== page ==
People use this approach because they feel that it will make it easier for the prospect to accept a 15 minute meeting. Said differently, “I’ll waste 15 minutes on this guy, but not more.” Sure you’re thinking that if you put on a good performance in that first 15 minutes, they’ll give an encore in the form of a further 15 or 30 minutes. Sure, sometimes, not often, usually you try and cram a meeting that properly unfolds in longer time frame into 15 minutes. Instead of initiating a good discovery exchange, most revert to a product pitch, after all “we are pressed for time”, and you can’t risk without presenting your value prop and at least a minimal look at your product. Next thing you know it’s time to try and get that next step, and go. And what is that next step in most cases, the meeting you really wanted in the first place.

So why not gear your call to that to begin with? If you truly have a solution worth having, one that actually solves (solution – solve) an issue they may be having, you know a pain or a need, lead with that, and get the right meeting. But when you say “Just 15 minutes”, it sounds like “please man, I am desperate, do me a solid, be a KPI.” Sure this may work once in a while, usually with the wrong prospect, but if it’s not inside the Bell Curve it’s a Hail Mary.

Like any sin, smoking, illicit activities, being a politician, what have you, there is the momentary pleasure, and lingering dark side. In this case you are starting your relationship, regardless of how far it may go, based on a lie. You know at the time you propose the meeting that you are not being truthful, as do your prospects, the 15 minutes is their insurance policy, “if this guy sucks as badly as I think he may, I can pull the lever after 15 minutes; if by chance he is good, then we’ll see.” Sure this may work once in a while, usually with the wrong prospect, but if it’s not inside the Bell Curve it’s a Hail Mary. I have always been for a separation of church and sales.

Tibor Shanto

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You Can’t “Just Call It In” To Win In Cold Calling3

By Tibor Shanto – tibor.shanto@sellbetter.ca 

Calling it in

Having trained hundreds of sales people in effective telephone prospecting, I have witnessed a number of recurring patterns which impact success, both negatively and positively. One key to success is being present and in the call, not “just calling it in”.

Coming out of the training most will apply what they learned quit literally, almost religiously. They are attentive to details, complying with what the process dictates, to the point where they are rigid, almost unnatural. But as a result of putting a structured and proven approach into practice, they usually have a measure of success, meaning more appointments, more returned voice mails, more confidence in facing objections, and usually a big boost to their confidence. It is this increased confidence that puts them at a fork in the road, one path leading to ongoing and growing success, the other back to where they started, if not worse.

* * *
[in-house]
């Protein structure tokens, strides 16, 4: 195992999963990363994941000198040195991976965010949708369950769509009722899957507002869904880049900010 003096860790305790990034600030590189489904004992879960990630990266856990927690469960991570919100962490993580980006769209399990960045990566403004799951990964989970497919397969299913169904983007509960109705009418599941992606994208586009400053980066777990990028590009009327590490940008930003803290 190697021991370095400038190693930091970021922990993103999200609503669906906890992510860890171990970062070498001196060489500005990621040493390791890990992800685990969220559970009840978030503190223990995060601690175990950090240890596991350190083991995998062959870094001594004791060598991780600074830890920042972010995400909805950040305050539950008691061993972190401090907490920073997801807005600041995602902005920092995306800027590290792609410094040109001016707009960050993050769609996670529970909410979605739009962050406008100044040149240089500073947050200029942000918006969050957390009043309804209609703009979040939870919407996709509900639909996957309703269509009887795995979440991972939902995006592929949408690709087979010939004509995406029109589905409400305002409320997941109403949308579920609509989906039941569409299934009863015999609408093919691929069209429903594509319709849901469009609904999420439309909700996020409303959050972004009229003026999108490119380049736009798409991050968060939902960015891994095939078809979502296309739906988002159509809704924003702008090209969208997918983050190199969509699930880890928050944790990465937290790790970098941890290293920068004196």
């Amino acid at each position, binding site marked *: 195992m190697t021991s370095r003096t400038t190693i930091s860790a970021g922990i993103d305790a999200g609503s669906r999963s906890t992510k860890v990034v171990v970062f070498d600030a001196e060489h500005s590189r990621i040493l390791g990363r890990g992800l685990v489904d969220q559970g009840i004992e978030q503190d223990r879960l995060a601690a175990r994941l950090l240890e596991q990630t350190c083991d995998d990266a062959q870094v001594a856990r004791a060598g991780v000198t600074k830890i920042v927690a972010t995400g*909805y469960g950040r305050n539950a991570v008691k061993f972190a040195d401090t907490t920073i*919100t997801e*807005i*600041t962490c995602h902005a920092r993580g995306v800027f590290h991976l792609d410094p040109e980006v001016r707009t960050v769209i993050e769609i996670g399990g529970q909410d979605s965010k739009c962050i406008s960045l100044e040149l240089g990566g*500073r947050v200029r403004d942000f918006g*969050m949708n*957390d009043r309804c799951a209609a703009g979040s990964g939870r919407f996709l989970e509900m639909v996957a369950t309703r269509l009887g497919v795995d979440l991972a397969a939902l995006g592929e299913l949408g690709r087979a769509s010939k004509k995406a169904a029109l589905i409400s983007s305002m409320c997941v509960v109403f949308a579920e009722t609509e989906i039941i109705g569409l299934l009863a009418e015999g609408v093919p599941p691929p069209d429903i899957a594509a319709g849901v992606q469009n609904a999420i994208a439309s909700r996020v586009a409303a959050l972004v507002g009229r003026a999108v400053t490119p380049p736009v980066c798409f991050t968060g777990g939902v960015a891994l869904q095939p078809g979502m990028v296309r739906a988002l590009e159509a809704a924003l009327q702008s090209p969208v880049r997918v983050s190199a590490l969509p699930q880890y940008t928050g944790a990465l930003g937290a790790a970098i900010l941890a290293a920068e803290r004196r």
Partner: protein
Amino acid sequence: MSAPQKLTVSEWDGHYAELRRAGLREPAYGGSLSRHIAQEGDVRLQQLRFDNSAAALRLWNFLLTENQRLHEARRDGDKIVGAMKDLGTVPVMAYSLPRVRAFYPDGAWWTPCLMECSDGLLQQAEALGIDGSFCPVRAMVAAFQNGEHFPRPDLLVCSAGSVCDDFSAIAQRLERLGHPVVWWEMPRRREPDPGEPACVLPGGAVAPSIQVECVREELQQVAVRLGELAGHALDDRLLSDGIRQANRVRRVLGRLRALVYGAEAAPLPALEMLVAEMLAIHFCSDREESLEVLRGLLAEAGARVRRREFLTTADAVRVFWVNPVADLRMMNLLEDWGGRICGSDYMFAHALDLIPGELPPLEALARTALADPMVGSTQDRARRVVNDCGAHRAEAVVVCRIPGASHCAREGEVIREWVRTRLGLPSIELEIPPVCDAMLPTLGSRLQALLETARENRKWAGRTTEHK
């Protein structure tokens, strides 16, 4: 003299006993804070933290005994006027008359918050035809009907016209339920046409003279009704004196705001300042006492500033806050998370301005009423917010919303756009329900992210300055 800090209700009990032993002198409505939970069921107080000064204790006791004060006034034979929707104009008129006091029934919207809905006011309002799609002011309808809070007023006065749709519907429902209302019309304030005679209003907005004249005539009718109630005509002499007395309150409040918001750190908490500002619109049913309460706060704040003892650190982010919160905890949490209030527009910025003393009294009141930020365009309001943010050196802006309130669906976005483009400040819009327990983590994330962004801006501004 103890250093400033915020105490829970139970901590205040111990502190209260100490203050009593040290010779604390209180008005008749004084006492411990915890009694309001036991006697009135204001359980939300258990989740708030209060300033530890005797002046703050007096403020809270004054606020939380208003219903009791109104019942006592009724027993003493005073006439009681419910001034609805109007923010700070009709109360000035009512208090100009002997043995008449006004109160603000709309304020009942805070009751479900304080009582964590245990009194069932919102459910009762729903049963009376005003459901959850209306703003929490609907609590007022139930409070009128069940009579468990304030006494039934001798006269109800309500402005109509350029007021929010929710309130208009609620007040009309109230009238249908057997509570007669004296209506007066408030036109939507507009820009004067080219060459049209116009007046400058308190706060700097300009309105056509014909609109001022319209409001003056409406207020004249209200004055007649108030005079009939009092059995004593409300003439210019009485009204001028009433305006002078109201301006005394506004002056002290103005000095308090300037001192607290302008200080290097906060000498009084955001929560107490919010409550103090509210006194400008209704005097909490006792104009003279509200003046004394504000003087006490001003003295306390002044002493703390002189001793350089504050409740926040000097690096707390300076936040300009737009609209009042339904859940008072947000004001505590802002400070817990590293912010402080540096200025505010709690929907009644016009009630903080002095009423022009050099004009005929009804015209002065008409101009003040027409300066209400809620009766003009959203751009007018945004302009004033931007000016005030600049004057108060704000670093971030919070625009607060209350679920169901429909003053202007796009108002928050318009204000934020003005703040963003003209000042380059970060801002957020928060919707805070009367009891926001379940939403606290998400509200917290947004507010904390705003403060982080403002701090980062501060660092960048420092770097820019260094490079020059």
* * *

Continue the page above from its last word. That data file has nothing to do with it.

Some begin to evolve the process and the technique, introducing their own style without changing the core approach. This allows them to be more conversational, more relaxed casual, more themselves, making the whole experience much more engaging for both the buyer and themselves. This in turn delivers even better results, and encourages reps with the right attitude and work ethic to continuously improve, evolve, and advance both the quality and quantity of their pipelines and sales.

The majority however, travel the other path. They take their initial success and interpret it differently. They see success, revel in it, and take their foot off the gas and their eyes off the ball. They see improvement as an event, not as a process. You can hear it in the way they execute the call, you can see it in their posture and body language. They become complacent and mechanical, believing the momentum will maintain itself, even believing that it will continue it the same trajectory without further effort.

Even as they pick up the phone and dial, it is clear they are not really present, the call is one of a number of things they are doing, whether it’s reading the newspaper, updating their status (even though I would bet they are not present enough to know what their status is), they begin to live a routine, instead of driving the process. They are literally “calling it in”.